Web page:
Echo Ridge Traverse

From my house in South Lake Tahoe, the dominating skyline comprises the burn-scarred Angora Ridge, Angora Peak, and Echo Peak. I’ve spend most of my workout runs heading up and down Angora Ridge, but I’ve yet to make a proper summit of Angora Peak and I decided it was high time to see what there is to see from the nearest highpoint to home.

From Echo Peak, the ridge extends north and becomes steep and craggy. There are three summits along this ridge according to my topographic map: “Peak 8760,” “Indian Rock,” and “Angora Peak,” moving from south to north. I’ve stood atop Peak 8760 two years ago on a ski tour from Echo Peak, and atop Angora Peak earlier this year, when ski touring up Angora Ridge. Both times, the goal was to summit “Angora Peak” and both times I felt like I had failed. On the first attempt, we were stopped by steep, mixed snow/rock/ice and awkward ski boot scrambling. On the latter, we decided to turn around because of sub-par ski conditions and wanting to get into work before 10 AM.

This time, having recently heard of Flagpole Peak, a striking high point north of Echo Lakes, I wanted to traverse all of the high points in the Echo Lakes basin, moving counter-clockwise from the south: Flagpole Peak, Echo Peak, Angora Peak, Ralston Peak (time allowing), and Talking Mountain. Looking at the topographic map now, I realize that Becker Peak (east of Talking Mountain) should probably also be included in such a traverse.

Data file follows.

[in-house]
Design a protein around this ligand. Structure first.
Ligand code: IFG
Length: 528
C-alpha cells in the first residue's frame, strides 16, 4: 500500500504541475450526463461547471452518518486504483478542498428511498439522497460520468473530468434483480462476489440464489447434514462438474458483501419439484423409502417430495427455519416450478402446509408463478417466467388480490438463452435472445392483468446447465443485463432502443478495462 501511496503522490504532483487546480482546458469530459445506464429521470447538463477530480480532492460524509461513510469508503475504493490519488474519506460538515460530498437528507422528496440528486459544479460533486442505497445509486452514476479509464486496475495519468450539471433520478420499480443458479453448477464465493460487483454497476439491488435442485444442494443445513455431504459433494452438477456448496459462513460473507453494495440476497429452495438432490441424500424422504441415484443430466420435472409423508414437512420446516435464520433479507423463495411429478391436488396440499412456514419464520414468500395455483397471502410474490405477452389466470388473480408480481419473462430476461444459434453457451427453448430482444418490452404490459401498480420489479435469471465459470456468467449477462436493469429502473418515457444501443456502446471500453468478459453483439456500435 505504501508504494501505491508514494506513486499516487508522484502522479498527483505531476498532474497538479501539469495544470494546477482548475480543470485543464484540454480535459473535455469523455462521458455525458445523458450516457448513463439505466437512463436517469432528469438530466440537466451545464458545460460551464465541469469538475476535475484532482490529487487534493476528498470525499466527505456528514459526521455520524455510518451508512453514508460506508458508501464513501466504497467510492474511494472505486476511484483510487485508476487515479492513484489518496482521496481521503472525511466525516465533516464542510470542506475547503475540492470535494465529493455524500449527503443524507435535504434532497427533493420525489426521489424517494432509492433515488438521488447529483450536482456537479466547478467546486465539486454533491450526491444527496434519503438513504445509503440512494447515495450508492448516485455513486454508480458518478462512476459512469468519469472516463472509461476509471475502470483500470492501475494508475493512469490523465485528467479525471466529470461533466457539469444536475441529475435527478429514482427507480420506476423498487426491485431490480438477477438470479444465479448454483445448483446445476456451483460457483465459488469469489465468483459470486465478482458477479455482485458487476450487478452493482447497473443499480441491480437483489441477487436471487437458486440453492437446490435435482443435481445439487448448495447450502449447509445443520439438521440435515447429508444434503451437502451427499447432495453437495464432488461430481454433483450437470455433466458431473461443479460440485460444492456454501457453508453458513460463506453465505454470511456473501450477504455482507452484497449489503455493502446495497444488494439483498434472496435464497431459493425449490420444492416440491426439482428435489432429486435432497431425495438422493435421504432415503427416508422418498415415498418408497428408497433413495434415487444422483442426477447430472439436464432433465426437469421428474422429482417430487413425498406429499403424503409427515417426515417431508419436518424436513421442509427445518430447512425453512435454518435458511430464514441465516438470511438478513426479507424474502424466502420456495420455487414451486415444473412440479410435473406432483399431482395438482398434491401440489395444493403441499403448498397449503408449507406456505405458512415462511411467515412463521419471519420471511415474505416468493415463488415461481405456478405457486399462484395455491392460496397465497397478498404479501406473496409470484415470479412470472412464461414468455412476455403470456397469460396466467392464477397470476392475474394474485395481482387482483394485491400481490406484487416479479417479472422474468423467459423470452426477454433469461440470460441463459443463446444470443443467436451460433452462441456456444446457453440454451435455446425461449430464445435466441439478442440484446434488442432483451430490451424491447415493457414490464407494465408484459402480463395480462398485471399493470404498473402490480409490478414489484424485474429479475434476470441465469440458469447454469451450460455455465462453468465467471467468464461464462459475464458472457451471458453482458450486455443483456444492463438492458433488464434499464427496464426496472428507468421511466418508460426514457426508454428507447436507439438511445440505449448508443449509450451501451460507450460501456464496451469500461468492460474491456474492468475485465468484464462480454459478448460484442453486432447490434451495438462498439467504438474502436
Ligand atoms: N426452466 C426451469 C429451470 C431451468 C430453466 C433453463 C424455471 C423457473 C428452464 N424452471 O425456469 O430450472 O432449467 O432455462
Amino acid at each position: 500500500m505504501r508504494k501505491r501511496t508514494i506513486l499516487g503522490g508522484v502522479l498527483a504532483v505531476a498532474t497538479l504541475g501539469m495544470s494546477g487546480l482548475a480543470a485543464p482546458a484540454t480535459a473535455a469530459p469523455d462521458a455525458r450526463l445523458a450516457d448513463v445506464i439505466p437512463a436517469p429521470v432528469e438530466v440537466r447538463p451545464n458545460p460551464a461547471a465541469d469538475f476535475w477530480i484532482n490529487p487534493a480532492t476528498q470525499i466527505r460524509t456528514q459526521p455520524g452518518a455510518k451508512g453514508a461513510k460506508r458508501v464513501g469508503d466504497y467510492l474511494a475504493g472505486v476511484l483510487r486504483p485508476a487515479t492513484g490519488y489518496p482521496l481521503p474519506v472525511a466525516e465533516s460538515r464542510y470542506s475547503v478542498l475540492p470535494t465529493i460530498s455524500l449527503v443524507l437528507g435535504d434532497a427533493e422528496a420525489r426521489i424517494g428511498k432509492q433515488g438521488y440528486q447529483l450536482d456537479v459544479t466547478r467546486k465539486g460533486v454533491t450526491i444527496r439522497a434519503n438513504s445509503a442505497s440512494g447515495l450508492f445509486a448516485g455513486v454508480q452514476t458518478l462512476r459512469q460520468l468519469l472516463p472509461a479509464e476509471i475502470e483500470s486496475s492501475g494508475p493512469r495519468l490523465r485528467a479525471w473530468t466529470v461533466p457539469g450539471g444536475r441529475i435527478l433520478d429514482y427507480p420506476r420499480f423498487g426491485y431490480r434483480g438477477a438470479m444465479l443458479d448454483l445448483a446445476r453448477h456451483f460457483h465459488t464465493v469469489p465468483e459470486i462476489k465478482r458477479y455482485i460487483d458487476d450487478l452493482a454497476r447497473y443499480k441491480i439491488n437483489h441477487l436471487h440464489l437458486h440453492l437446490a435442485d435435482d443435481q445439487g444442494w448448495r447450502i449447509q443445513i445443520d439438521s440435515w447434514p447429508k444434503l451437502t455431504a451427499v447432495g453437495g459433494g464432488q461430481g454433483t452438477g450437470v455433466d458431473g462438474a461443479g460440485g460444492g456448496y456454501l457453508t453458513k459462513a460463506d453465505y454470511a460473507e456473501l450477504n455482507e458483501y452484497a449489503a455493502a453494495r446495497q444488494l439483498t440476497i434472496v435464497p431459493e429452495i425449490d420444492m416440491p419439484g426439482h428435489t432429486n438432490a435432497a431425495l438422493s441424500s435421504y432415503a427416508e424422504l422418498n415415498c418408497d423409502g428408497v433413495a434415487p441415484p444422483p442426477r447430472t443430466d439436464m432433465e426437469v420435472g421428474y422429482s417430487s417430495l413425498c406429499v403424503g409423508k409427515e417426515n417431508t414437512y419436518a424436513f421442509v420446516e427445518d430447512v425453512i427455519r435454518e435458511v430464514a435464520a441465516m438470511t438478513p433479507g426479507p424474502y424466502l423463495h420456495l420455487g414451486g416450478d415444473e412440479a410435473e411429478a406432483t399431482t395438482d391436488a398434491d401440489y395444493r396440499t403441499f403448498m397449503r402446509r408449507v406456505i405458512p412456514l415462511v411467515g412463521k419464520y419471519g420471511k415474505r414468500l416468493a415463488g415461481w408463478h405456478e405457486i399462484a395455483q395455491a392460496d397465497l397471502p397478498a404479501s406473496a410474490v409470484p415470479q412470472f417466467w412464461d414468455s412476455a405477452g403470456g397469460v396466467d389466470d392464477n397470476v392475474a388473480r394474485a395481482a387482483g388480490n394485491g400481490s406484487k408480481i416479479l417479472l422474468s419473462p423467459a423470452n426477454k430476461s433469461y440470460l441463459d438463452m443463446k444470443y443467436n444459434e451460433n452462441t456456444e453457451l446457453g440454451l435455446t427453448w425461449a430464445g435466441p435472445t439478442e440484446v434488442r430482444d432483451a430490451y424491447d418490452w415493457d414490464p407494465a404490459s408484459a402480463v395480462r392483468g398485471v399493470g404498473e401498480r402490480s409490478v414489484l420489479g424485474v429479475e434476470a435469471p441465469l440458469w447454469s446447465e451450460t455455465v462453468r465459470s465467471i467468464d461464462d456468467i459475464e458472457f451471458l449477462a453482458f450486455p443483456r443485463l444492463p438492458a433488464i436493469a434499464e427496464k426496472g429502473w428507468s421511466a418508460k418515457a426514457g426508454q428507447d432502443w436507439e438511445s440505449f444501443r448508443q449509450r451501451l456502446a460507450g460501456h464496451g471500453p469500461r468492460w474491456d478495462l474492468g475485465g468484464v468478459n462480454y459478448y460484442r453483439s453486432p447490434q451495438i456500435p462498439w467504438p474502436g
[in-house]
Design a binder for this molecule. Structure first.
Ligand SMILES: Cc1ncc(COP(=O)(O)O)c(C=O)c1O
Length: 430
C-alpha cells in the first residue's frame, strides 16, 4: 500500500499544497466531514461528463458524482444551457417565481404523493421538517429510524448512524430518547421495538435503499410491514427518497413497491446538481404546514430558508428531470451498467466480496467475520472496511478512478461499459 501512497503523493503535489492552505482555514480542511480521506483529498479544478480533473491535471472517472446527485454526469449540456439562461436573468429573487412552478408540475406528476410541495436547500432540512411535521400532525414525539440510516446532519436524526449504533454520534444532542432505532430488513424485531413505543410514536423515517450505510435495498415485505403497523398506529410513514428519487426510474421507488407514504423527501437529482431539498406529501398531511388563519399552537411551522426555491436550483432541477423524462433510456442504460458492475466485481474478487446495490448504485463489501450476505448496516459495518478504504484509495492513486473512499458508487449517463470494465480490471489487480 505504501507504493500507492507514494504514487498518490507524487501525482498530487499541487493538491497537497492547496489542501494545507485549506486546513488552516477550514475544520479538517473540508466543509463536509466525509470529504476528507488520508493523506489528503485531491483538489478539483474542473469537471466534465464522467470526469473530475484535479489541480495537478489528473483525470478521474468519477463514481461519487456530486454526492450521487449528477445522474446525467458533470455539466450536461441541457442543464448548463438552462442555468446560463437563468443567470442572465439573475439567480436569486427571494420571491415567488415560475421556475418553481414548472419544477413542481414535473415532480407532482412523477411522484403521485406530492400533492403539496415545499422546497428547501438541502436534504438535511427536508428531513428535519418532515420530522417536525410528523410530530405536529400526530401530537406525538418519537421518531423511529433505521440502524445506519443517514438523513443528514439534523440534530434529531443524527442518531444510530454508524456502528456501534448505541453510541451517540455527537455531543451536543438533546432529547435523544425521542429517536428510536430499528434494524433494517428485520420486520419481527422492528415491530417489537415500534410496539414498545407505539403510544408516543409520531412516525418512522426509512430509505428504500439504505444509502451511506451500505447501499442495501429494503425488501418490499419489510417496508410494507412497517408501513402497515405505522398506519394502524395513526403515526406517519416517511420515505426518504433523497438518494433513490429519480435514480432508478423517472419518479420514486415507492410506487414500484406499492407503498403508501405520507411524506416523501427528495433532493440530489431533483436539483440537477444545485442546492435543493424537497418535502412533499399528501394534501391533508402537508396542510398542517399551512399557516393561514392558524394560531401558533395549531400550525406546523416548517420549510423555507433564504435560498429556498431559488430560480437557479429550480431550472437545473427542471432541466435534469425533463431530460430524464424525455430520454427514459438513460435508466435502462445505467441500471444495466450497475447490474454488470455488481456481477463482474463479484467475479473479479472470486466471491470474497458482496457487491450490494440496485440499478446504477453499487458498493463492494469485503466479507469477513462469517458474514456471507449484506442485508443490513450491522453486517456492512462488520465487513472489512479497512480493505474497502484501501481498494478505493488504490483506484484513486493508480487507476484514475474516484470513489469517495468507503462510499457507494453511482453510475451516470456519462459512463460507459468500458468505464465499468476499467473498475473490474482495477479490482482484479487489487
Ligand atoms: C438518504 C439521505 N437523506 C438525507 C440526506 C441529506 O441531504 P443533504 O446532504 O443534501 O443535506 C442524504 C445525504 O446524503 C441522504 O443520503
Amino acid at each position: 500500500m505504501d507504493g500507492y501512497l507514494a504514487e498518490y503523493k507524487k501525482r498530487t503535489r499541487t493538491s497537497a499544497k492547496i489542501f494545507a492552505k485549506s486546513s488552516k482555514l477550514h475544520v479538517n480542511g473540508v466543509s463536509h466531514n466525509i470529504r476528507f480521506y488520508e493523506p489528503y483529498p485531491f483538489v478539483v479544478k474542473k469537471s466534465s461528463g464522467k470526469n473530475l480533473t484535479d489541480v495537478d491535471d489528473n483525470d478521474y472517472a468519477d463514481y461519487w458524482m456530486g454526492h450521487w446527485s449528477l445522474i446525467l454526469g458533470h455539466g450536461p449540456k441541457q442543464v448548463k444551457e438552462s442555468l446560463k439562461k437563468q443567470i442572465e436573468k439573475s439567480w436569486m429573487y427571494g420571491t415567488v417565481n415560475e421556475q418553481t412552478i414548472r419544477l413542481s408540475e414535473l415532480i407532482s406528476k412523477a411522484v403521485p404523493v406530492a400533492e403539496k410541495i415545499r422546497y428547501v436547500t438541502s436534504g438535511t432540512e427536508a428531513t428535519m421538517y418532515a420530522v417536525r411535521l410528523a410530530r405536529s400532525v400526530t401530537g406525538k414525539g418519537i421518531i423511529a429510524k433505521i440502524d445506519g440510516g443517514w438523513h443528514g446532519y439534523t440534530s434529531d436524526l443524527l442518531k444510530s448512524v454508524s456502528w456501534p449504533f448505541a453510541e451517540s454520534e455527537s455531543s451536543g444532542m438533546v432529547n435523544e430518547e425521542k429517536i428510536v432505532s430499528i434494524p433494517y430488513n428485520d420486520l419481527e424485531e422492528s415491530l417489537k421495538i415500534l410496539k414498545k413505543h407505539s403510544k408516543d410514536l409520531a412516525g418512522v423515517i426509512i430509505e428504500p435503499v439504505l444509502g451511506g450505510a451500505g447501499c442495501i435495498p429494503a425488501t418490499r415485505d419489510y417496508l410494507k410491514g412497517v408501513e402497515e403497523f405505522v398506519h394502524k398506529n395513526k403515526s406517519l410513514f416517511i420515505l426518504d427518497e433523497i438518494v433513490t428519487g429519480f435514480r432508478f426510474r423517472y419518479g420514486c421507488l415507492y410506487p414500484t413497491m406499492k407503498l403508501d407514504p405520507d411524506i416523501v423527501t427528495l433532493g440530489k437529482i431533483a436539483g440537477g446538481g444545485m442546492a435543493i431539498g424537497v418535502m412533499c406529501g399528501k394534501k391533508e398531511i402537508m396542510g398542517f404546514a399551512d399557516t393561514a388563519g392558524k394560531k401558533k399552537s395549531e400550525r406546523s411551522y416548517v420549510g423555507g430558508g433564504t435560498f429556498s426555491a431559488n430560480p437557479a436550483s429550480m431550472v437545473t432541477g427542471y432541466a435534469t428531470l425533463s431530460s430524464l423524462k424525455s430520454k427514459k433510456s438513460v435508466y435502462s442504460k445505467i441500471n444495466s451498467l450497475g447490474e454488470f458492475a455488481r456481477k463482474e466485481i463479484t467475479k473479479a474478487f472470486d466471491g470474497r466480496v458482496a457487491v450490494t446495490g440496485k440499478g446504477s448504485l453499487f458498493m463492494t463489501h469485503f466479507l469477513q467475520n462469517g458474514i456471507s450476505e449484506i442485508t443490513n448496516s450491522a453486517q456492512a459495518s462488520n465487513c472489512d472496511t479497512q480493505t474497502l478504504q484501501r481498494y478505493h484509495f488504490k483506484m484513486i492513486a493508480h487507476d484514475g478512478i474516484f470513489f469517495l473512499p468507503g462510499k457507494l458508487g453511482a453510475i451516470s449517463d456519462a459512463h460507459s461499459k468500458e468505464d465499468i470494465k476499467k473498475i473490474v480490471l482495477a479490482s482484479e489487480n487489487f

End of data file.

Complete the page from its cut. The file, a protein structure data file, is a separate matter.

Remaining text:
The PCT following the shores of Lower Echo Lake.

I hit the trail from Echo Lake Chalet around 4:30 PM, quite a bit later than I’d planned, but still hopeful that I’d be able to complete the loop before dark. After less than a mile of hiking, Flagpole Peak rose high above the trail to the north, its namesake flag flapping in the wind. Echo Lakes seem like a perpetually windy area as whenever I’ve been to Lower Echo Lake there have been large whitecaps blowing across from the west.

Flagpole Peak above Lower Echo Lake.

Flagpole Peak is a picturesque granite peak, towering high above Lower Echo Lake. Soon I saw a good opportunity to head off trail and up the granite slabs towards Flagpole. These slabs continue at a comfortable angle, with scrub oak sometimes barring easy trespass and the occasional Juniper standing by to rake my hair. About a hundred feet short of the summit, the climbing becomes a bit more staunch with some class 3 scrambling along wide cracks with big loose crystal and a bit too much lichen.